Movie Review – Drive

“Wanna tooth-pick?”
Yesterday, I decided on a whim to go see a movie; which one was yet to be determined. The contenders were “Contagion,” “Straw Dogs,” and “Drive.” Here, in short, is the case for each as it was in my head.
“Contagion is killing the box office, has Matt Damon, Gwyneth Paltrow, and Jude Law. It seems dystopic and paranoid and relevant.”
“Straw Dogs. Alexander Skarsgard. Great actor, stuck in crappy things. Maybe not this time?”
“Drive has Carey Mulligan who is the most precious thing ever. I’ve liked Ryan Gosling since his ‘Young Hercules’ days, but The Notebook kind of ruined him for me. But reviews have been glowing.”
Ultimately I asked my movie critic friend, who informed me that ‘Contagion’ just makes you want to wash your hands, and that ‘Drive’ was my best choice. Trusting him, I went to the theater immediately.
I was not disappointed. I’ll try to summarize without giving away spoilers.
Ryan Gosling is an unnamed stunt driver/mechanic by day and getaway driver by night. He leads a relatively simple life however, seemingly without friends, family, or frivolity. He speaks seldom, and gets to the point when he does. All this changes when he meets Irene (Carey Mulligan) and her son Benicio. The two share an instant attraction and soon begin seeing each other – though this appears to mean hanging out with her son and driving around at night. Everything is going great, until Irene gets a call that her husband Standard is getting out of prison. From here, the movie abruptly shifts gears (see what I did there?) into an intense, action-packed thriller that left me on the edge of my seat until the last second. Without giving too much away, I’ll tell you that Standard needs to pay back some thugs with Ryan Gosling and Christina Hendricks’ help, but things are much more complicated than they seem.
Above all, Gosling really impressed me. Blew me away, actually. As I said earlier, The Notebook ruined him for me. Not because he was bad in that movie – he wasn’t. That movie is just emotional pornography that makes me really angry. The only reason I sill like Rachel McAdams is because, well, a) have you SEEN HER and b) she’s been in several diverse movies I really enjoy and showcased a reasonably wide range.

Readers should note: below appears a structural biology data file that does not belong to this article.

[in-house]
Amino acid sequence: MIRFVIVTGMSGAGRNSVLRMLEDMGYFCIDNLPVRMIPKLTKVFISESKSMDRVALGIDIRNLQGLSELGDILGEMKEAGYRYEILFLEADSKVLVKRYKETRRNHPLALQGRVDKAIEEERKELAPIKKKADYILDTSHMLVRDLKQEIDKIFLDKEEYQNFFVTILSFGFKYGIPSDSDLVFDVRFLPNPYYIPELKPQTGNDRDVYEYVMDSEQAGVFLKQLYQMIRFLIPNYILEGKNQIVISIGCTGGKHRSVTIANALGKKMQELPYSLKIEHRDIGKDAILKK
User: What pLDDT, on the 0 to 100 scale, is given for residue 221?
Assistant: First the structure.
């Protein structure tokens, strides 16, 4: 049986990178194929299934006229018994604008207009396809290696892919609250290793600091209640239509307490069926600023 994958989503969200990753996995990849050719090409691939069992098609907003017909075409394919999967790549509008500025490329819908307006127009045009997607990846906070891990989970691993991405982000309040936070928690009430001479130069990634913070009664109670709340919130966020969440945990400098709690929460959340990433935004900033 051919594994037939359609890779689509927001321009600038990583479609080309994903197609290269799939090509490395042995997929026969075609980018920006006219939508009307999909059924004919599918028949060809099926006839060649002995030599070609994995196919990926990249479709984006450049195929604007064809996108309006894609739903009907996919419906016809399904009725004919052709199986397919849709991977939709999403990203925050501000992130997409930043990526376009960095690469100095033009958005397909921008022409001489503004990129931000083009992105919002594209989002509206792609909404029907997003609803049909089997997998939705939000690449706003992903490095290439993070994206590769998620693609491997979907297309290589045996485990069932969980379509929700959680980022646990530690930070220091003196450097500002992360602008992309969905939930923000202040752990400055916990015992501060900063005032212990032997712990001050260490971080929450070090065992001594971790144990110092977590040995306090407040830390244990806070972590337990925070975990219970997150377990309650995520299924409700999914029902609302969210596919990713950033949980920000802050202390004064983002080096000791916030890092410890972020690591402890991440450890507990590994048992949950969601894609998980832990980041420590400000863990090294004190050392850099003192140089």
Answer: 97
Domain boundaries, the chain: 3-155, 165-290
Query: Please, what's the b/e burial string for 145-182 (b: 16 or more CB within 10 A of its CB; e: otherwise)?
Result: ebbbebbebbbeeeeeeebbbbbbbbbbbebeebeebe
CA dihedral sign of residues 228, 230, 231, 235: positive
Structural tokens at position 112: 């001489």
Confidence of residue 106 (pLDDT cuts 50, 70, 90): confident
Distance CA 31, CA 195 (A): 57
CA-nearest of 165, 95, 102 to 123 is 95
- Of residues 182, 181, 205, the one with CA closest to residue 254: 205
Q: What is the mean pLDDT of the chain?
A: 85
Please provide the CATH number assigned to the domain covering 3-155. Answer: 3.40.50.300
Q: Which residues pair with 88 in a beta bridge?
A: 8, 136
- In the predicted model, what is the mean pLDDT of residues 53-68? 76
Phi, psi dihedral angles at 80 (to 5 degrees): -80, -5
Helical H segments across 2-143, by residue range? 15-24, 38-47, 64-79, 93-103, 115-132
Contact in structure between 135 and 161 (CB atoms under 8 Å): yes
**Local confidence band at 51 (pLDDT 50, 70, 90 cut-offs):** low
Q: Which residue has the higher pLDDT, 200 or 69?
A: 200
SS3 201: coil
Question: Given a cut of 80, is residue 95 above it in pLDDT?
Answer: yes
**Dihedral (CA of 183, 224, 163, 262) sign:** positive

Anyway, back to him. For the first part of the movie, he channels this… boyishness… that was incredibly endearing. I’m not talking about the Seth Rogen Hollywood man-child bull that we’ve been force-fed the last several years; there’s nothing immature here. But somehow, despite his apparently dark past and less-than-legal job, he maintains this innocence that allows him to connect deeply with a child. Like I said, super endearing. And then, almost without warning, he’s curb-stomping the bejeezus out of some hit man. He goes from zero to sixty (see what I did there?) in no time at all – yet it’s totally believable. It’s easy to imagine him as a guy with a really shady past who did everything he could to escape it, and is now living his life trying to atone/cope/forget. Quite simply, he’s amazing and I cannot get over it.
Carey Mulligan is engaging as well. I mean, how can you not be brought in by her big eyes and huge dimples? But she’s not just this waif-like little pixie. She’s totally believable as a (basically) single mom who got knocked up young but is making the best of her life. 
You’ve also got Bryan Cranston (who has officially moved in my mind from “Hal from Malcolm in the Middle” to “Walt from Breaking Bad. I am totally OK with this). He plays this strange kind of hybrid of the two characters, who is friendly like Hal but criminal like Walt. He’s sort of the father figure to Gosling. 
What else? Oh. I liked that when Standard got out of prison, he wasn’t this like hardened criminal, nor was he some kind of wife-beater. He seemed like a pretty genuinely nice guy who wanted to do better. And I like that there was tension between him and Gosling without it being really obvious and in our faces. It was pretty subtle. Which is always better.
I hated the villain, Nino, but then again I was supposed to. But he was loud and gross and foul and it was never not jarring. There was something… big… about him. And if you don’t know what that means, watch the episode of The O.C. where Summer gets a replacement-Seth while he is dating Anna. Or, alternatively, watch almost any Jim Carrey movie.
The soundtrack was also jarring. It was LOUD. And I don’t know why it was so 80s. I really don’t. I know there must have been a reason, because the movie’s font is equally 80s. But I don’t know the reason. Someone explain this to me. 
Neither of those are really complaints, they were just parts that I found less enjoyable than the rest of the movie. 
Snap Judgement: See this movie. See it now. There’s amazing acting from multiple sources. There’s a great cast, an engaging plot with an emotional core, and some sweet action. Be forewarned: there’s definitely language, and gore, and some boobage. So if you can’t handle those things, go see Lion King in 3D [SIDEBAR DON’T SEE LION KING IN 3D. We need to take a stand against useless 3D and the exploitation of our childhoods just to make a quick buck!]. 
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